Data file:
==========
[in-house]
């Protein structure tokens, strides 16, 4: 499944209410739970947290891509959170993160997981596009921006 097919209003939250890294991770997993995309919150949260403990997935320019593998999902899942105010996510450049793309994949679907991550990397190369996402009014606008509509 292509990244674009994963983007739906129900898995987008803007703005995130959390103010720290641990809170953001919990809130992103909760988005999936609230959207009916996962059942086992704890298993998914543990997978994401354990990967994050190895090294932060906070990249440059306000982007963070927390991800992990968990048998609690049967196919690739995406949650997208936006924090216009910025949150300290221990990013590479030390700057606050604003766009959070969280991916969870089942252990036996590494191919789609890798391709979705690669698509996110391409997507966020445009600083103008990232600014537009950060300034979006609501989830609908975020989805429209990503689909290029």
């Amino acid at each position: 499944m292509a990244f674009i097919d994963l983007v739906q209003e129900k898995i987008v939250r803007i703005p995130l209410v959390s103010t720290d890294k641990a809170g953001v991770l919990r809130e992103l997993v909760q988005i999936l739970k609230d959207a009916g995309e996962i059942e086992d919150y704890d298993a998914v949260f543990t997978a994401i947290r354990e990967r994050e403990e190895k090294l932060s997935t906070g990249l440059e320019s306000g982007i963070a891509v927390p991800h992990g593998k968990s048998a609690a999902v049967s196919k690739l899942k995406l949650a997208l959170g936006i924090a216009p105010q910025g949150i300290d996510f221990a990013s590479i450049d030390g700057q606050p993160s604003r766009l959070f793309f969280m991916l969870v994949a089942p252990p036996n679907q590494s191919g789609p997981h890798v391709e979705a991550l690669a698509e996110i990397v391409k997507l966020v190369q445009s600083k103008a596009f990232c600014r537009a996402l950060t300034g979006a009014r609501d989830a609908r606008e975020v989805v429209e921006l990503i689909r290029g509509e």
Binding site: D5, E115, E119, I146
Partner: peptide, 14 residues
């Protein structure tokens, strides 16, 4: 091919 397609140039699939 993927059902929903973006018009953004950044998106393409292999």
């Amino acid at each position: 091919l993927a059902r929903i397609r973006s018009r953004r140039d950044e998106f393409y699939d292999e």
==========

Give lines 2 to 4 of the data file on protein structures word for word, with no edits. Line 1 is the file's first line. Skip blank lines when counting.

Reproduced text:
């Protein structure tokens, strides 16, 4: 499944209410739970947290891509959170993160997981596009921006 097919209003939250890294991770997993995309919150949260403990997935320019593998999902899942105010996510450049793309994949679907991550990397190369996402009014606008509509 292509990244674009994963983007739906129900898995987008803007703005995130959390103010720290641990809170953001919990809130992103909760988005999936609230959207009916996962059942086992704890298993998914543990997978994401354990990967994050190895090294932060906070990249440059306000982007963070927390991800992990968990048998609690049967196919690739995406949650997208936006924090216009910025949150300290221990990013590479030390700057606050604003766009959070969280991916969870089942252990036996590494191919789609890798391709979705690669698509996110391409997507966020445009600083103008990232600014537009950060300034979006609501989830609908975020989805429209990503689909290029």
């Amino acid at each position: 499944m292509a990244f674009i097919d994963l983007v739906q209003e129900k898995i987008v939250r803007i703005p995130l209410v959390s103010t720290d890294k641990a809170g953001v991770l919990r809130e992103l997993v909760q988005i999936l739970k609230d959207a009916g995309e996962i059942e086992d919150y704890d298993a998914v949260f543990t997978a994401i947290r354990e990967r994050e403990e190895k090294l932060s997935t906070g990249l440059e320019s306000g982007i963070a891509v927390p991800h992990g593998k968990s048998a609690a999902v049967s196919k690739l899942k995406l949650a997208l959170g936006i924090a216009p105010q910025g949150i300290d996510f221990a990013s590479i450049d030390g700057q606050p993160s604003r766009l959070f793309f969280m991916l969870v994949a089942p252990p036996n679907q590494s191919g789609p997981h890798v391709e979705a991550l690669a698509e996110i990397v391409k997507l966020v190369q445009s600083k103008a596009f990232c600014r537009a996402l950060t300034g979006a009014r609501d989830a609908r606008e975020v989805v429209e921006l990503i689909r290029g509509e």
Binding site: D5, E115, E119, I146